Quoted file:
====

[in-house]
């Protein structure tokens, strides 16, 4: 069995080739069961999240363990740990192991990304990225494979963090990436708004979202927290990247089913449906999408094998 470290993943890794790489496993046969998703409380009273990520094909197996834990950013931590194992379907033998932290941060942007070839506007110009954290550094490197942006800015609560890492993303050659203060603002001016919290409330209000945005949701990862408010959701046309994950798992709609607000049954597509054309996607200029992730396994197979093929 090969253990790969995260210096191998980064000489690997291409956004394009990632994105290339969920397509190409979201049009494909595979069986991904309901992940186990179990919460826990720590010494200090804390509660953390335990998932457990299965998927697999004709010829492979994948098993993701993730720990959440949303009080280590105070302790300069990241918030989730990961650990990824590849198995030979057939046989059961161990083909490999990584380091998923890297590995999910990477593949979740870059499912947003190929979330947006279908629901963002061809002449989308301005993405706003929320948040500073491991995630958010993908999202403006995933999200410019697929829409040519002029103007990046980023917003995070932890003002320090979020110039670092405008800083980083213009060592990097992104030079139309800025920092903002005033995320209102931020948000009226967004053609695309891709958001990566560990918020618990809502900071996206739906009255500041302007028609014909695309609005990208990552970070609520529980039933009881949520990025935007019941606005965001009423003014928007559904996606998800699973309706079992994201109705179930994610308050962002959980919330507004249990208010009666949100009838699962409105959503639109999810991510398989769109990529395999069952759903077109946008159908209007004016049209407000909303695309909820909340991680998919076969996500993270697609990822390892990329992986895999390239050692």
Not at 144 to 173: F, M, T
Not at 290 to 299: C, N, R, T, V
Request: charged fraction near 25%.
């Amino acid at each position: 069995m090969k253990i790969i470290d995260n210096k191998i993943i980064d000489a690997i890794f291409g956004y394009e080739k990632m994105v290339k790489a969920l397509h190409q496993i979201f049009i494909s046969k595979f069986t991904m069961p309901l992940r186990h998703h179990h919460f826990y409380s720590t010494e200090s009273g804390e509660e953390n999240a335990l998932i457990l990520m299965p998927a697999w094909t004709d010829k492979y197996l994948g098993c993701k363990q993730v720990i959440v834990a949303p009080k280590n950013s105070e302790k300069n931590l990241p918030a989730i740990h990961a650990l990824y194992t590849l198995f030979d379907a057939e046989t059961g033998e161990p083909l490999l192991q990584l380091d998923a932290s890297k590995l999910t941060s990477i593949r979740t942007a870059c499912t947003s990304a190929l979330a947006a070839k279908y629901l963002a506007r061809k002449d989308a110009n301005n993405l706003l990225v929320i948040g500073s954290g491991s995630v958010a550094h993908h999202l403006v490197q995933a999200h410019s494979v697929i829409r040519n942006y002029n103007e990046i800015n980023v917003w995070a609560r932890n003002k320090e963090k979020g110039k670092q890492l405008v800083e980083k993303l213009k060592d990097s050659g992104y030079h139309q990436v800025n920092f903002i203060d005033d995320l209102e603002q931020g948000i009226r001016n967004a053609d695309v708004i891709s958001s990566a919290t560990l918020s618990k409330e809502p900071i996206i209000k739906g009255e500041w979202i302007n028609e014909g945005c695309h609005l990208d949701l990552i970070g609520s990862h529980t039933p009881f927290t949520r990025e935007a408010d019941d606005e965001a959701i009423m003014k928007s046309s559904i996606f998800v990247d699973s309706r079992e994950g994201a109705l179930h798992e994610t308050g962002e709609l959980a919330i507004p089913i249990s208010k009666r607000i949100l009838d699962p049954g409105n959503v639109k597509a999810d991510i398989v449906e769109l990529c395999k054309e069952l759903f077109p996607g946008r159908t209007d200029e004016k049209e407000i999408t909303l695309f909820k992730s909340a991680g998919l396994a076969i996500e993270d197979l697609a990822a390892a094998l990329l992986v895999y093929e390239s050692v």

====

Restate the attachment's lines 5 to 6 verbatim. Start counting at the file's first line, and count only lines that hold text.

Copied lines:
Request: charged fraction near 25%.
């Amino acid at each position: 069995m090969k253990i790969i470290d995260n210096k191998i993943i980064d000489a690997i890794f291409g956004y394009e080739k990632m994105v290339k790489a969920l397509h190409q496993i979201f049009i494909s046969k595979f069986t991904m069961p309901l992940r186990h998703h179990h919460f826990y409380s720590t010494e200090s009273g804390e509660e953390n999240a335990l998932i457990l990520m299965p998927a697999w094909t004709d010829k492979y197996l994948g098993c993701k363990q993730v720990i959440v834990a949303p009080k280590n950013s105070e302790k300069n931590l990241p918030a989730i740990h990961a650990l990824y194992t590849l198995f030979d379907a057939e046989t059961g033998e161990p083909l490999l192991q990584l380091d998923a932290s890297k590995l999910t941060s990477i593949r979740t942007a870059c499912t947003s990304a190929l979330a947006a070839k279908y629901l963002a506007r061809k002449d989308a110009n301005n993405l706003l990225v929320i948040g500073s954290g491991s995630v958010a550094h993908h999202l403006v490197q995933a999200h410019s494979v697929i829409r040519n942006y002029n103007e990046i800015n980023v917003w995070a609560r932890n003002k320090e963090k979020g110039k670092q890492l405008v800083e980083k993303l213009k060592d990097s050659g992104y030079h139309q990436v800025n920092f903002i203060d005033d995320l209102e603002q931020g948000i009226r001016n967004a053609d695309v708004i891709s958001s990566a919290t560990l918020s618990k409330e809502p900071i996206i209000k739906g009255e500041w979202i302007n028609e014909g945005c695309h609005l990208d949701l990552i970070g609520s990862h529980t039933p009881f927290t949520r990025e935007a408010d019941d606005e965001a959701i009423m003014k928007s046309s559904i996606f998800v990247d699973s309706r079992e994950g994201a109705l179930h798992e994610t308050g962002e709609l959980a919330i507004p089913i249990s208010k009666r607000i949100l009838d699962p049954g409105n959503v639109k597509a999810d991510i398989v449906e769109l990529c395999k054309e069952l759903f077109p996607g946008r159908t209007d200029e004016k049209e407000i999408t909303l695309f909820k992730s909340a991680g998919l396994a076969i996500e993270d197979l697609a990822a390892a094998l990329l992986v895999y093929e390239s050692v």